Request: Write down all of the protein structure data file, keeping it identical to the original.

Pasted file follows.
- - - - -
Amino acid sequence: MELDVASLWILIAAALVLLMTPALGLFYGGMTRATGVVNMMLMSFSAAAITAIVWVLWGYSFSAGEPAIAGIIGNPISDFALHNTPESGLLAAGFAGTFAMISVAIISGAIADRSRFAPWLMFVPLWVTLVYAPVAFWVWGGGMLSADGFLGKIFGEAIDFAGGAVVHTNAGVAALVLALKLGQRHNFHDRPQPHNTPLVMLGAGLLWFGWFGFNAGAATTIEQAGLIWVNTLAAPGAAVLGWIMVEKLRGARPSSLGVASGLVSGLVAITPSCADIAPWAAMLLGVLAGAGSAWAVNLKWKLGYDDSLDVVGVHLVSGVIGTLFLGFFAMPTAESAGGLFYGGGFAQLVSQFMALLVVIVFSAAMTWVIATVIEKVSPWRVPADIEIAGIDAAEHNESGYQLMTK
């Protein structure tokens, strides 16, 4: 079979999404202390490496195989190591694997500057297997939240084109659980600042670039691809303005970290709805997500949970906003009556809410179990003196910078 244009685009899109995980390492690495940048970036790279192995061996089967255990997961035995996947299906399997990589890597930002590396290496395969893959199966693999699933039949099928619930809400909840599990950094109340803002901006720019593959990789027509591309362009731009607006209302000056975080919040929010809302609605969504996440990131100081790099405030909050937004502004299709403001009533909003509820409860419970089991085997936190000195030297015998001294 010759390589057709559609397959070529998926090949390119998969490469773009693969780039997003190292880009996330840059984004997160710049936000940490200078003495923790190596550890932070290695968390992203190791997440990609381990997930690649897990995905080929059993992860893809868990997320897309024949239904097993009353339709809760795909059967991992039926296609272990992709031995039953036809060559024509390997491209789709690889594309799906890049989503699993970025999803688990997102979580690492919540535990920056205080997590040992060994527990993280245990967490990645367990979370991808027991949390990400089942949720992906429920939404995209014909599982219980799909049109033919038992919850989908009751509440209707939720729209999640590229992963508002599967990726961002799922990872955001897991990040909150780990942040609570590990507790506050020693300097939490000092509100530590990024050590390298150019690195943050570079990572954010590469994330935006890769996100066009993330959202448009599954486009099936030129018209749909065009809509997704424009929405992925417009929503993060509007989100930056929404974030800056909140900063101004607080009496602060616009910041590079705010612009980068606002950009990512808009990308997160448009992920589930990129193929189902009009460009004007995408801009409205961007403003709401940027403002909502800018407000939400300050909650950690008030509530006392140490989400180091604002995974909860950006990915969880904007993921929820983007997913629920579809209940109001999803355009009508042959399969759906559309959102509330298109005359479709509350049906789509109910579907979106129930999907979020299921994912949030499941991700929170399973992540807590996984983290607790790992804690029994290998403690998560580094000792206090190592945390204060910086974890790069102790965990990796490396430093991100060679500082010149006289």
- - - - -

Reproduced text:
Amino acid sequence: MELDVASLWILIAAALVLLMTPALGLFYGGMTRATGVVNMMLMSFSAAAITAIVWVLWGYSFSAGEPAIAGIIGNPISDFALHNTPESGLLAAGFAGTFAMISVAIISGAIADRSRFAPWLMFVPLWVTLVYAPVAFWVWGGGMLSADGFLGKIFGEAIDFAGGAVVHTNAGVAALVLALKLGQRHNFHDRPQPHNTPLVMLGAGLLWFGWFGFNAGAATTIEQAGLIWVNTLAAPGAAVLGWIMVEKLRGARPSSLGVASGLVSGLVAITPSCADIAPWAAMLLGVLAGAGSAWAVNLKWKLGYDDSLDVVGVHLVSGVIGTLFLGFFAMPTAESAGGLFYGGGFAQLVSQFMALLVVIVFSAAMTWVIATVIEKVSPWRVPADIEIAGIDAAEHNESGYQLMTK
């Protein structure tokens, strides 16, 4: 079979999404202390490496195989190591694997500057297997939240084109659980600042670039691809303005970290709805997500949970906003009556809410179990003196910078 244009685009899109995980390492690495940048970036790279192995061996089967255990997961035995996947299906399997990589890597930002590396290496395969893959199966693999699933039949099928619930809400909840599990950094109340803002901006720019593959990789027509591309362009731009607006209302000056975080919040929010809302609605969504996440990131100081790099405030909050937004502004299709403001009533909003509820409860419970089991085997936190000195030297015998001294 010759390589057709559609397959070529998926090949390119998969490469773009693969780039997003190292880009996330840059984004997160710049936000940490200078003495923790190596550890932070290695968390992203190791997440990609381990997930690649897990995905080929059993992860893809868990997320897309024949239904097993009353339709809760795909059967991992039926296609272990992709031995039953036809060559024509390997491209789709690889594309799906890049989503699993970025999803688990997102979580690492919540535990920056205080997590040992060994527990993280245990967490990645367990979370991808027991949390990400089942949720992906429920939404995209014909599982219980799909049109033919038992919850989908009751509440209707939720729209999640590229992963508002599967990726961002799922990872955001897991990040909150780990942040609570590990507790506050020693300097939490000092509100530590990024050590390298150019690195943050570079990572954010590469994330935006890769996100066009993330959202448009599954486009099936030129018209749909065009809509997704424009929405992925417009929503993060509007989100930056929404974030800056909140900063101004607080009496602060616009910041590079705010612009980068606002950009990512808009990308997160448009992920589930990129193929189902009009460009004007995408801009409205961007403003709401940027403002909502800018407000939400300050909650950690008030509530006392140490989400180091604002995974909860950006990915969880904007993921929820983007997913629920579809209940109001999803355009009508042959399969759906559309959102509330298109005359479709509350049906789509109910579907979106129930999907979020299921994912949030499941991700929170399973992540807590996984983290607790790992804690029994290998403690998560580094000792206090190592945390204060910086974890790069102790965990990796490396430093991100060679500082010149006289």